It is remarkable that the Apostle can turn from one of his sublimest flights of sacred eloquence to deal with so ordinary a matter as the collection. But, after all, there is no incongruity. The thoughts to which he has given expression should surely lead to some tangible response of Christian duty and activity, or they would injure rather than help. Nothing is more injurious to the Christian conscience than trumpet-sounding which leads to no response in action. If the foregoing chapter does not stimulate Christian generosity, nothing will.
Note the time-the first day of the week, indicating the reverence with which the early Christians regarded that day. The method-the definite appropriation for God’s work of a certain proportion of income, as it accrues. The proportion-as the giver may be prospered. Paul disliked vehement collection appeals, and advised that we should give according to a system, and not merely by impulse.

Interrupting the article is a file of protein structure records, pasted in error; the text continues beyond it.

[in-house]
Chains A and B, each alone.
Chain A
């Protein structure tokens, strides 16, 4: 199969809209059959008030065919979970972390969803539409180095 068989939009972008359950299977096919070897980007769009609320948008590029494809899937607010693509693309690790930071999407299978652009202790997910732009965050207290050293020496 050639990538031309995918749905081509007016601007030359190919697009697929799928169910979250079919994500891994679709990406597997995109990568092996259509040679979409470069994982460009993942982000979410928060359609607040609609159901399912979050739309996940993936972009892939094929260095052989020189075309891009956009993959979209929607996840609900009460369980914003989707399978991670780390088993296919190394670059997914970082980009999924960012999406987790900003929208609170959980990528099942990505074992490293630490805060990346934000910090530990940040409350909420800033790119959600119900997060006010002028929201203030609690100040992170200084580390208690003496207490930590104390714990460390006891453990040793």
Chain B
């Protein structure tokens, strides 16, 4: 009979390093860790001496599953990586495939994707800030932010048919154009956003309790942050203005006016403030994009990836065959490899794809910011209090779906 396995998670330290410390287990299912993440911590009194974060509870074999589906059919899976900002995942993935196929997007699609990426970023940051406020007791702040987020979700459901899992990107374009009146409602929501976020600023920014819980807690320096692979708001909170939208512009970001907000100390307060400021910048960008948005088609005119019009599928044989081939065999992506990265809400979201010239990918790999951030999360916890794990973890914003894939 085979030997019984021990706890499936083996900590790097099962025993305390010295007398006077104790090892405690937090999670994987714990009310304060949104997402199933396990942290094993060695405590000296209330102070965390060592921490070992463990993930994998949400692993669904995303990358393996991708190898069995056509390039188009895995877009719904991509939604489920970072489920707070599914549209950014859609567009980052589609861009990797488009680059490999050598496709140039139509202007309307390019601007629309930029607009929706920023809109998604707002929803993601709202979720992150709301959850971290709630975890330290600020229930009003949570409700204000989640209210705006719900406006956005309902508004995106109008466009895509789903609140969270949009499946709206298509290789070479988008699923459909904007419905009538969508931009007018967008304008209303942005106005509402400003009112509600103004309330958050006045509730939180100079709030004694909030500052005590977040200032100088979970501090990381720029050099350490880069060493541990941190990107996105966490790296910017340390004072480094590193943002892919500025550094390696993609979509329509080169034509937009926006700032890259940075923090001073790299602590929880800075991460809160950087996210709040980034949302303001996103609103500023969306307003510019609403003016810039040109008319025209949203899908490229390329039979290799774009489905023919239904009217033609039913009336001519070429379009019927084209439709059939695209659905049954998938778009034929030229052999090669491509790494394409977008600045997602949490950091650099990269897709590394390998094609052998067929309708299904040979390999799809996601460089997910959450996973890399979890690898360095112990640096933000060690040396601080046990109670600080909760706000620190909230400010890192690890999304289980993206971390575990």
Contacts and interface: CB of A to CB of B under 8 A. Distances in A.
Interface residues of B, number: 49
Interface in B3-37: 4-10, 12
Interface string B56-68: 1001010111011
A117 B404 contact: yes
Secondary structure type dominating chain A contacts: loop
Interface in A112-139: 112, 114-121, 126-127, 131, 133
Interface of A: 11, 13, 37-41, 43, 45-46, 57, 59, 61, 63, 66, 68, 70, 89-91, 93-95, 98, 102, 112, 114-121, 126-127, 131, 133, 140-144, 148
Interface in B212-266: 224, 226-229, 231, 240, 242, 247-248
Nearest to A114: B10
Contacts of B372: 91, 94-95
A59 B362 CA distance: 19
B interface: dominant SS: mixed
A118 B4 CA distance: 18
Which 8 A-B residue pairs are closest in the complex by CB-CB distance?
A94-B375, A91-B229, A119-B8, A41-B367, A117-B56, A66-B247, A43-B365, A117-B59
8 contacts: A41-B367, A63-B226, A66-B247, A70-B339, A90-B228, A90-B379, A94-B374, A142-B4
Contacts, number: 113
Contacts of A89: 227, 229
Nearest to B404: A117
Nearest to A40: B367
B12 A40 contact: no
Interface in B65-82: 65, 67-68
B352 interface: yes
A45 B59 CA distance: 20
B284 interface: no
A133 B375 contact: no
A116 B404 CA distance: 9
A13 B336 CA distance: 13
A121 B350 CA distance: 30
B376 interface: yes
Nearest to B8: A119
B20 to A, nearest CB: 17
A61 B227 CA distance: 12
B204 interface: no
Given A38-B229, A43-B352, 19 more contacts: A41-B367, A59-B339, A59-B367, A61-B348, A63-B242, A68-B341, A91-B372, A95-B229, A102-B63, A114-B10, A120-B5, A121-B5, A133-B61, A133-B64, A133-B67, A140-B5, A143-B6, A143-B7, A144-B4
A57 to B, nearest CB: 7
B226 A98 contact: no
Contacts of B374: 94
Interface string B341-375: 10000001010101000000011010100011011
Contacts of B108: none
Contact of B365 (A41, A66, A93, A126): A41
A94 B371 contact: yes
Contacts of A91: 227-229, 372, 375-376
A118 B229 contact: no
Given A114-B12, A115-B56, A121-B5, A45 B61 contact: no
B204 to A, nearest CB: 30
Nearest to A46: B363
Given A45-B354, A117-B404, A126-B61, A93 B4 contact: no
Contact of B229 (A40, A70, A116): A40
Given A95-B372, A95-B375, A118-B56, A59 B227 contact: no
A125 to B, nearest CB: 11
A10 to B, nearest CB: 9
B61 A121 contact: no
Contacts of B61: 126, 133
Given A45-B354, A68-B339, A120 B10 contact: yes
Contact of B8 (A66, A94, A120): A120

Remember it is God who opens great and effectual doors before His servants. It is of no use to force them. Let us wait for the Lord Jesus, who has the key of David, to open them, for then none can shut. Our duty is to be prepared to enter when the moment comes and the door swings wide.